carcinogens, chemicals in water, contaminants, contamination, Cornell, Duke University, EPA, fire, frack, fracking, gas, health hazard, hydraulic fracturing, natural gas, water, water contamination, water on fire
Natural gas has lately been touted as a superior alternative to other fossil fuels. It’s available domestically, in large amounts, and it burns cleaner. The latest method used to recover natural gas, however, has recently come under scrutiny.
Hydraulic fracturing, or “fracking”, is a method used to stimulate and release natural gas from shale rock formations. A hole is drilled then water is forced into the rock, creating a fracture. Particulates such as sand or ceramic are also forced in to keep the fracture open so the natural gas can be recovered. Chemical additives are also used for various reasons, such as corrosion inhibitors to maintain the well, biocides to kill bacteria and acid to ease entry into the rock.
The two biggest problems with the use of fracking to recover natural gas are methane leaks into the air and water contamination.
The amount of methane leaked from fracked wells is higher than the amount of methane leaked from conventional wells; some figures put it at a third to twice as much. And because methane is a potent greenhouse gas, it could actually do more environmental damage than coal. According to a study conducted by Cornell University professors, “The [greenhouse gas] footprint for shale gas is greater than that for conventional gas or oil when viewed on any time horizon, but particularly so over 20 years. Compared to coal, the footprint of shale gas is at least 20% greater and perhaps more than twice as great on the 20-year horizon and is comparable when compared over 100 years.”
The second problem is the potential for contamination of groundwater. A study by Duke University scientists of water wells within one kilometer of gas wells in Pennsylvania and New York found high levels of methane in the water. High enough, in fact, to be potential explosion hazards.
In addition to methane, other potential contaminants originate from the chemicals used in the fracturing fluid. Natural gas companies are not currently required to make available a list of ingredients used (stating that it is proprietary information) but an inquiry started by the House Energy and Commerce Committee found that over 650 of the products used in fracking are “…known or possible carcinogens, regulated under the Safe Drinking Water Act, or listed as hazardous air pollutants.” Some of the chemicals found inlude benzene, formaldehyde and ethanol.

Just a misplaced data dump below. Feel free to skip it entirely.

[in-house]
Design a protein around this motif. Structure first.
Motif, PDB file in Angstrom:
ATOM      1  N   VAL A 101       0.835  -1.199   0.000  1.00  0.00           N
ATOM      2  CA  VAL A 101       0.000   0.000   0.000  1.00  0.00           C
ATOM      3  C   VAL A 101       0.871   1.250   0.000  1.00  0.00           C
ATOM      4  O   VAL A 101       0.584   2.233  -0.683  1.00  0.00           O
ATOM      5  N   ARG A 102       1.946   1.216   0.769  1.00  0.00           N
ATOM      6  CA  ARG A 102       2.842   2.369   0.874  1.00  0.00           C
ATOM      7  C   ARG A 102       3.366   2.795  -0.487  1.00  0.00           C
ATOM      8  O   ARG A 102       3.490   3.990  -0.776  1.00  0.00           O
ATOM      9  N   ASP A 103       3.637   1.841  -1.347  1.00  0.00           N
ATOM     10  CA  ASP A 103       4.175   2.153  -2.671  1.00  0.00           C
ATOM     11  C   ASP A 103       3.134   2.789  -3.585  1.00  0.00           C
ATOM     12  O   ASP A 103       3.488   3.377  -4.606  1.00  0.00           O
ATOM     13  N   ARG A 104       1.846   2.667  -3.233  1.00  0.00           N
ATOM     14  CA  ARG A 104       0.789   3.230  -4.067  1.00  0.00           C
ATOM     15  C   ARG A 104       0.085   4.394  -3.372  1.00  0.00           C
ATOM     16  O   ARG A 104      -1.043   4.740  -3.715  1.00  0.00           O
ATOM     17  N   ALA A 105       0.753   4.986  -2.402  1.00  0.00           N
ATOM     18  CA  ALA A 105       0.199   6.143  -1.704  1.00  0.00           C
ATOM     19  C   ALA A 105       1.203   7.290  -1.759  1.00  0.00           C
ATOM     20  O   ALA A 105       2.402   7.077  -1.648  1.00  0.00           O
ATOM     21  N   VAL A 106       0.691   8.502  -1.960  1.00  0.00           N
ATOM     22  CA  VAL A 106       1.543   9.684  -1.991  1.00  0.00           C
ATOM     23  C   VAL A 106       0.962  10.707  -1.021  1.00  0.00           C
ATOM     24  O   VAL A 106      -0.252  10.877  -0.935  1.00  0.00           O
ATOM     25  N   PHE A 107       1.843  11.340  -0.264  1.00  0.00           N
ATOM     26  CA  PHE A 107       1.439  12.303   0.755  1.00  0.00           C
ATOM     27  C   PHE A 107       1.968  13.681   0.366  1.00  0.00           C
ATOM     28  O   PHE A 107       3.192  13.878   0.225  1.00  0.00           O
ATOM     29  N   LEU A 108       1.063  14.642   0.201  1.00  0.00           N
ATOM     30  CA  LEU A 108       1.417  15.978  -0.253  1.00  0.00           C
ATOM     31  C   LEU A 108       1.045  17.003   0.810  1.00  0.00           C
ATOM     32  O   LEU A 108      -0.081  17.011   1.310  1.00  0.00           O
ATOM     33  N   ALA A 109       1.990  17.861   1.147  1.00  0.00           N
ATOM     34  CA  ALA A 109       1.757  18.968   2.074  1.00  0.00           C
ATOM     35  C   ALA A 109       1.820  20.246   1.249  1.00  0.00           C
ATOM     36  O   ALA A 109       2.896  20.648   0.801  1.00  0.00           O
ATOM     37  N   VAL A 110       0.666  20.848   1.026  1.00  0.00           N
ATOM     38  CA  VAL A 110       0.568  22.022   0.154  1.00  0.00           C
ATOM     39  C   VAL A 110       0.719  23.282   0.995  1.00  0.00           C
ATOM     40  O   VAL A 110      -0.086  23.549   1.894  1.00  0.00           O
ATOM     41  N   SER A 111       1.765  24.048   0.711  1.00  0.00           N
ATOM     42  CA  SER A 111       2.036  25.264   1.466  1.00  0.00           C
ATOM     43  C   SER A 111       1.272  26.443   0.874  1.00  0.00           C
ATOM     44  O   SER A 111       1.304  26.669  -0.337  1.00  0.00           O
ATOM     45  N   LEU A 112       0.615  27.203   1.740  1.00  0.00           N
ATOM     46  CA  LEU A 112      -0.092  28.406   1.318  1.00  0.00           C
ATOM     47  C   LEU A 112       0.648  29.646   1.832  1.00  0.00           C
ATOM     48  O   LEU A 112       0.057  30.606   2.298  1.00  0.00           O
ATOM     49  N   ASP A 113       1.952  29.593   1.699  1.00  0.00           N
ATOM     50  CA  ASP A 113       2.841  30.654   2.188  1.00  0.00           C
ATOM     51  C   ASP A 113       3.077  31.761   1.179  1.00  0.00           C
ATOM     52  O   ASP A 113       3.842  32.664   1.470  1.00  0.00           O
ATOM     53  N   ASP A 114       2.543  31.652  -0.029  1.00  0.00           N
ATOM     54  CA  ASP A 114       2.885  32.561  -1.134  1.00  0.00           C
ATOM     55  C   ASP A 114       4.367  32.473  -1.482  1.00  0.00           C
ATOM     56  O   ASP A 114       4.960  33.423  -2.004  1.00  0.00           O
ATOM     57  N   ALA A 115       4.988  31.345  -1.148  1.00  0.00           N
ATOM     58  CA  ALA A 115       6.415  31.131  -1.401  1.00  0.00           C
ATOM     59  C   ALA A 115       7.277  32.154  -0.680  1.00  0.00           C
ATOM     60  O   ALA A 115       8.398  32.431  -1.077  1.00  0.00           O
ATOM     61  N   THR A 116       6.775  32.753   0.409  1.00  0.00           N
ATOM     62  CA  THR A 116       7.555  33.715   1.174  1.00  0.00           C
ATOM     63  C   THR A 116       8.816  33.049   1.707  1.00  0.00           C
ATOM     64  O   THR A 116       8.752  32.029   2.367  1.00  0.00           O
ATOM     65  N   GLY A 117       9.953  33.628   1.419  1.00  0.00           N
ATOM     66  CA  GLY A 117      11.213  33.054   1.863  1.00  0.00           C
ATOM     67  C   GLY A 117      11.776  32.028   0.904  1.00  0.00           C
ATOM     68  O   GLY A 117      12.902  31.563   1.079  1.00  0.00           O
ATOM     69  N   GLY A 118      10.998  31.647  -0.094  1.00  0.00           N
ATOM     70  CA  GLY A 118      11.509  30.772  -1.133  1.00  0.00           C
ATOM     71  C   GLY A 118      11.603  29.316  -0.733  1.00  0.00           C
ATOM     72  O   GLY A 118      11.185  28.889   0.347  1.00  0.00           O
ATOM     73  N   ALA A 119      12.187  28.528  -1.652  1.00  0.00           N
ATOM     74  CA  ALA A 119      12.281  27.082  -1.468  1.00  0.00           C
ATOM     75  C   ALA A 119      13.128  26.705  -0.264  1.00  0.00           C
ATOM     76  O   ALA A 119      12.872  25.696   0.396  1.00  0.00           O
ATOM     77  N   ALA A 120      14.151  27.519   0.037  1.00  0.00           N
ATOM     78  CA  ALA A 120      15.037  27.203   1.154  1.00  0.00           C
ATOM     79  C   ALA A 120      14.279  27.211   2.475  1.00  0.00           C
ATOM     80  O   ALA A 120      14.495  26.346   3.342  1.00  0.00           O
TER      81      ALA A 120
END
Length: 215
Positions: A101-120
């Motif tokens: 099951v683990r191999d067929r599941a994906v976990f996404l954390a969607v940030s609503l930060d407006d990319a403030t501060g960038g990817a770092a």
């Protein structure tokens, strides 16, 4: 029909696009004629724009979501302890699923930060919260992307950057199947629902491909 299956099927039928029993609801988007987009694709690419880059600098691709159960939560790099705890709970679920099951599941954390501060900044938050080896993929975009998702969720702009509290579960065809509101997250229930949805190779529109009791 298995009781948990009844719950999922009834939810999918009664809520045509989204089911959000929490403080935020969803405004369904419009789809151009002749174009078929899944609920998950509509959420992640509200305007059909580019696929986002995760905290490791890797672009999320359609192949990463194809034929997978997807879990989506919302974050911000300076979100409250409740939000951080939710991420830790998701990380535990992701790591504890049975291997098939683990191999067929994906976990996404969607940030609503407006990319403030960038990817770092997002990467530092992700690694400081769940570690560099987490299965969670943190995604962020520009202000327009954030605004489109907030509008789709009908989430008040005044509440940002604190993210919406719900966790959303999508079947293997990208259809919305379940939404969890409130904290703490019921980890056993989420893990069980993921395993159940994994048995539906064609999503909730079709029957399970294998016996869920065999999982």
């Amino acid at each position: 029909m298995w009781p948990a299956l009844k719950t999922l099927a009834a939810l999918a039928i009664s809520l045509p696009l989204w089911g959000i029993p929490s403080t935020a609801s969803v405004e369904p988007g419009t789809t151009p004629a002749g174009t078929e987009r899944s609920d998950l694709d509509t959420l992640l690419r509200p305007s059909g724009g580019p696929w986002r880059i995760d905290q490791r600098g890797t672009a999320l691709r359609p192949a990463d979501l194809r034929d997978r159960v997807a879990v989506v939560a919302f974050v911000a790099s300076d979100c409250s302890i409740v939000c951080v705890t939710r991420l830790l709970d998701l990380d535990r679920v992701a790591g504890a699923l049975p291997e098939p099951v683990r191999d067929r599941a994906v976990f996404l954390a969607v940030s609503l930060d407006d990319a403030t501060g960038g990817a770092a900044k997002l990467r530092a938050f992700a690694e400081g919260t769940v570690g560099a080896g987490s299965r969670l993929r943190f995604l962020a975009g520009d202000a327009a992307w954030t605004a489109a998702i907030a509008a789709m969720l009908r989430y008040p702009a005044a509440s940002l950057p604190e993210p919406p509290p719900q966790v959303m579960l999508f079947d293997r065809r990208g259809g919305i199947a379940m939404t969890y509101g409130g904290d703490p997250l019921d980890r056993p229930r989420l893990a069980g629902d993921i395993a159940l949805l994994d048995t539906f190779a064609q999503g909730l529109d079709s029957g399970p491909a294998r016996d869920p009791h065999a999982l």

In Dimock, PA, the residents had their aquifer contaminated after Houston-based Cabot Oil & Gas, began fracking for natural gas. Soon after drilling began, residents reported brown, corrosive water with a foul odor and taste. Residents also began suffering from headaches, dizziness and other ailments. In 2009 a resident’s well exploded, causing the state to begin investigating. Cabot was banned from drilling in PA until it plugged three gas wells that were believed to have been the source of the contamination. Despite many state penalizations and lawsuits against them, Cabot repeatedly failed to correct many of the other problems found.
In April of this year, a natural gas well in Leroy Township, PA spilled, contaminating a nearby creek with millions of gallons of fracking fluid, resulting in seven families evacuated from the area.
At least the EPA has finally announced that they will examine claims of water contamination in Texas, Pennsylvania, Colorado, Louisiana and North Dakota. And New Jersey has banned fracking while New York has proposed a ban on fracking near state land and watersheds.
Natural gas is NOT the superior alternative to other fossil fuels when it is procured by these means. Do not let frakking happen in your community, unless, of course, you want to be able to set your tap water on fire.